High quality color photographs. British side

    A German Tiger tank on its side in a ditch, North of Rome, and an american lorry in the background driving past (18 June 1944) A.R. Tanner (captain)
  8. CluelessTommy

    British WW1 postcards

    Another example, but this one does not have a pouch like the other two.
  9. CluelessTommy

    High quality color photographs. British side

    Yes it is, I looked through a fair few but that one really stood out
  10. CluelessTommy

    High quality color photographs. British side

    A Churchill Tank of the 51st Royal Tank Regiment crashes through a hedge during the advance across the Italian countryside (20 July 1944) Taken by A.R, Tanner (captain) Sailor wearing a steel helmet, carrying a Bren gun (No Date) Taken by an official Royal Navy photographer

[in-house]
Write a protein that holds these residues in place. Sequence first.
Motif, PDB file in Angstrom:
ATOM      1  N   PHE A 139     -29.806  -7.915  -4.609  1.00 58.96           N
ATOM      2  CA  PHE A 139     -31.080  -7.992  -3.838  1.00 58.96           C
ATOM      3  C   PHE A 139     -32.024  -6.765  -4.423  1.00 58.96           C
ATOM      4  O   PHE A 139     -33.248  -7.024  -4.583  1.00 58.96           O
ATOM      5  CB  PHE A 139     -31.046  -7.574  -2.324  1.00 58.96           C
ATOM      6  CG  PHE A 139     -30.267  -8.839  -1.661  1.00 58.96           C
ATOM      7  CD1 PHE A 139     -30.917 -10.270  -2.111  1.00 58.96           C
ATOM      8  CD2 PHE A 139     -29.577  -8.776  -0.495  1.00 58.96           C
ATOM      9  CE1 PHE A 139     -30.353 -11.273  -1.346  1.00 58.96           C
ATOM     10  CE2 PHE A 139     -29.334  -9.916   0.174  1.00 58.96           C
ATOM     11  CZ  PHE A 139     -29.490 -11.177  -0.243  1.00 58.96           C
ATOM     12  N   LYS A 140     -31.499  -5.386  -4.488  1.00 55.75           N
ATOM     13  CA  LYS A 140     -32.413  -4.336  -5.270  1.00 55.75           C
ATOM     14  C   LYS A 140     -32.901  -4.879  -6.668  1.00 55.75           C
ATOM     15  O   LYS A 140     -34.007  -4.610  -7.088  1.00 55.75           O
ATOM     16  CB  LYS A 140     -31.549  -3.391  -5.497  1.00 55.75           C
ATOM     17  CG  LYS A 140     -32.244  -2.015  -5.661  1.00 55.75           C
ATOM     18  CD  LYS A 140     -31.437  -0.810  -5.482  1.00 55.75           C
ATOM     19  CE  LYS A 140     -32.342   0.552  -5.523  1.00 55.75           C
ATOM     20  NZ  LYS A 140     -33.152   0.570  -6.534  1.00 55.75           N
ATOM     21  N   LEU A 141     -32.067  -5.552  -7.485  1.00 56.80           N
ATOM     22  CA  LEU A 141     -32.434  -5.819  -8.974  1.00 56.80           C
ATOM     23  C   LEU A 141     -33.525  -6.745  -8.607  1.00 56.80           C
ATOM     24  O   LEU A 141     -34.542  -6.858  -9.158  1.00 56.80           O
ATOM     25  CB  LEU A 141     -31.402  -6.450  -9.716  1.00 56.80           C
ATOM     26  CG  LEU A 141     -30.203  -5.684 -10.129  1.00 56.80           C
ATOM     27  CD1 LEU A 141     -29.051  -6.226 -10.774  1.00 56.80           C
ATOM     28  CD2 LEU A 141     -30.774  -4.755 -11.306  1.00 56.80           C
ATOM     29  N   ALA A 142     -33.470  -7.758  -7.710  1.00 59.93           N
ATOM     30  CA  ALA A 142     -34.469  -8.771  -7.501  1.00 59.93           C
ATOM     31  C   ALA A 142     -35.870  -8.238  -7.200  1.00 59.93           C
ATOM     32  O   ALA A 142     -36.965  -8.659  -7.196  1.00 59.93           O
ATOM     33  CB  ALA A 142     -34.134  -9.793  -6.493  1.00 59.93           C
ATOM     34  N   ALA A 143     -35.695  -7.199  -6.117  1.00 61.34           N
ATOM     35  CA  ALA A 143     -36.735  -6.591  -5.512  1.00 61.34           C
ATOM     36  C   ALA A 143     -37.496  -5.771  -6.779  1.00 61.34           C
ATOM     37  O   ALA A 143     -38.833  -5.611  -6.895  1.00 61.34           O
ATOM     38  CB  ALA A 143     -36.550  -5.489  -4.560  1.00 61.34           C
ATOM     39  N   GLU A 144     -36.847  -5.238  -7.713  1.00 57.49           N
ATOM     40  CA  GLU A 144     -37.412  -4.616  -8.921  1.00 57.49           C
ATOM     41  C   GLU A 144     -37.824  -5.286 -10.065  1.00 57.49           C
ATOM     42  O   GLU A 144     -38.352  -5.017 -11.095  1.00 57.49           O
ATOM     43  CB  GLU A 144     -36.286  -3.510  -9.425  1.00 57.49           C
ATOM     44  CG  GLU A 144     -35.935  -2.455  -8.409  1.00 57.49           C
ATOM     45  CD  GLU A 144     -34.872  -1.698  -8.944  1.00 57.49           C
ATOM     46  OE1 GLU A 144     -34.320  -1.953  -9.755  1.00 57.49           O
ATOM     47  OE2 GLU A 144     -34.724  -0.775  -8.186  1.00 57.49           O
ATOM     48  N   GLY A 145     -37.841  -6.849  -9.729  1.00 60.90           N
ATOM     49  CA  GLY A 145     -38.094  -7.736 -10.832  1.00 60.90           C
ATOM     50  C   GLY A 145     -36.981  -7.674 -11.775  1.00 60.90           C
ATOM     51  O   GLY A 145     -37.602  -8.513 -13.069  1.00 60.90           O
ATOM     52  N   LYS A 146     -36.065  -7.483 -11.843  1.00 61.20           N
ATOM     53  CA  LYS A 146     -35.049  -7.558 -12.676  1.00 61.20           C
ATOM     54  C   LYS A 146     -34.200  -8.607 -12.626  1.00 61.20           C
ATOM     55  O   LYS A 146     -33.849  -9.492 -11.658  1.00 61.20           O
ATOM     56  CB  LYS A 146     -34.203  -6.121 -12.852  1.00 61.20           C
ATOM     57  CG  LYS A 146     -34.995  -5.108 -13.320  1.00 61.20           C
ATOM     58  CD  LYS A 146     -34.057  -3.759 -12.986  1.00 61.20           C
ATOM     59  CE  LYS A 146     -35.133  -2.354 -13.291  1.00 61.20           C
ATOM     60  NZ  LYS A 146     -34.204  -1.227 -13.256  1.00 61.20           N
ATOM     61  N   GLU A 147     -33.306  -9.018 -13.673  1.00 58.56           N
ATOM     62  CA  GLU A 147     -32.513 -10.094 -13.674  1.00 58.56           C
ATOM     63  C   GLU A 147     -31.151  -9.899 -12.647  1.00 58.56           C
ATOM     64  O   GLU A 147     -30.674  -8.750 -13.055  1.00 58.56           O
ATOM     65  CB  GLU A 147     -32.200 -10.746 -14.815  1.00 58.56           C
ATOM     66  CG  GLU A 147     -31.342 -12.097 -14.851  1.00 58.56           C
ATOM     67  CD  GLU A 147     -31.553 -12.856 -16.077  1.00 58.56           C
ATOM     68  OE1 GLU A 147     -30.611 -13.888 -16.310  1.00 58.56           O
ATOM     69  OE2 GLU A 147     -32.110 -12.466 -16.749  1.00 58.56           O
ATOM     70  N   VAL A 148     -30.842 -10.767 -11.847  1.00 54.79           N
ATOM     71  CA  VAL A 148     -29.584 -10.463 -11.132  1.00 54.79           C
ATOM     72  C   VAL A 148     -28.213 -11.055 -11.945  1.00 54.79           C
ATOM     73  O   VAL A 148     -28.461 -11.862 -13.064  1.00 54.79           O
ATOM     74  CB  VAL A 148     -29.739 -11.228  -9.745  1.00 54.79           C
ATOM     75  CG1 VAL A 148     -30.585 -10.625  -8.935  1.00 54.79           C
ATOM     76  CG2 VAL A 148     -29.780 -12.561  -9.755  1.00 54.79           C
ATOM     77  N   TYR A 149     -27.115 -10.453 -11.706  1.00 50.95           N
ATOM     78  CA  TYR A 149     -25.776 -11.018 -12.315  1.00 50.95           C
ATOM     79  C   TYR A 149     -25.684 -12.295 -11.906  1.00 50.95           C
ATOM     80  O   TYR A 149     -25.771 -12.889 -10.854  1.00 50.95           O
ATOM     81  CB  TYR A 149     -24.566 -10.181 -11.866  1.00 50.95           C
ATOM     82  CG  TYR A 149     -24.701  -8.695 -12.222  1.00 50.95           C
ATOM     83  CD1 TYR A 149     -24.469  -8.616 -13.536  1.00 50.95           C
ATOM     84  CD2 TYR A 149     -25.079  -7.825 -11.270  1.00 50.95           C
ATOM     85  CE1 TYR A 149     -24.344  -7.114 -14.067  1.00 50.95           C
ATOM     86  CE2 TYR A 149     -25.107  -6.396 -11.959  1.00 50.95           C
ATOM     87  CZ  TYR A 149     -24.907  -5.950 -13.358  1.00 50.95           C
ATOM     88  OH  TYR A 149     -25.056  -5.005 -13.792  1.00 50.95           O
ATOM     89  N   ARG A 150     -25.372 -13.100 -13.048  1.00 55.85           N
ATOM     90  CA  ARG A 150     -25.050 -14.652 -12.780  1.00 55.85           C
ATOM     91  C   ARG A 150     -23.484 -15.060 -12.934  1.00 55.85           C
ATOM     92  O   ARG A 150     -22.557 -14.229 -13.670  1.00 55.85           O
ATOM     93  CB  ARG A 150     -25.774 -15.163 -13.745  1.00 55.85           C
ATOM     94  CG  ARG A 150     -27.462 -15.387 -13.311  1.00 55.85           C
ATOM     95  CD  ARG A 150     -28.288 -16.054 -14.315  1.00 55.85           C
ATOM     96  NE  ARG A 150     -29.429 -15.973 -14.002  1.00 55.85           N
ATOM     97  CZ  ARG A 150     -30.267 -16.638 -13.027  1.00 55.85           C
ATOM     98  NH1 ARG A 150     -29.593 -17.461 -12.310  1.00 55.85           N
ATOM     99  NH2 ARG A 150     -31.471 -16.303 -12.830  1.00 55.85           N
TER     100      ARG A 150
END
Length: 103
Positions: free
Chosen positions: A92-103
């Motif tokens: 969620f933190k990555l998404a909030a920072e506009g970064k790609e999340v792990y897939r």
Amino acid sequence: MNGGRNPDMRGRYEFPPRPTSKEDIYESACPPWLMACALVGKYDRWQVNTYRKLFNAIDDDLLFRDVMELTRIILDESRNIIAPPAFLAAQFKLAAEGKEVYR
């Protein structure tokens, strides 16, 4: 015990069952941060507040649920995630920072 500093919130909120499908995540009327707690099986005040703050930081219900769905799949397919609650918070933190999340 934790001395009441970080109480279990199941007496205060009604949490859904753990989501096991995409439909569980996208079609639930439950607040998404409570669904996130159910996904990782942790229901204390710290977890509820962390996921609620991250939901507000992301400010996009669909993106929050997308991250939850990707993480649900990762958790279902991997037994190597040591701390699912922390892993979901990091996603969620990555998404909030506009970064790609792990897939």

11. CluelessTommy

    Second world War Target Harmonisation Posters

    It may take a bit of set up time however it allows practise and testing of a vital skill that otherwise would only be possible on a live fire exercise, so the training value far out weighs the hassle of setting it up.
  12. CluelessTommy

    High quality color photographs. British side

    These are some very interesting pictures, An article by the smithsonian air and space magazine quotes British war photographers using ‘Kodachrome film obtained from the united states’ It also says that around 3,000 photos were taken using this film however only 1,500 remain and they were given to the imperial war museum in 1949. There is a published book that contains 80 of these pictures and the others can be seen on the IWM website. https://www.iwm.org.uk/collections/search?query=colour+photographs+&pageSize=15&filters[collectionString][MINISTRY+OF+INFORMATION+SECOND+WORLD+WAR+COLOUR+TRANSPARENCY+COLLECTION]=on Regards, Jack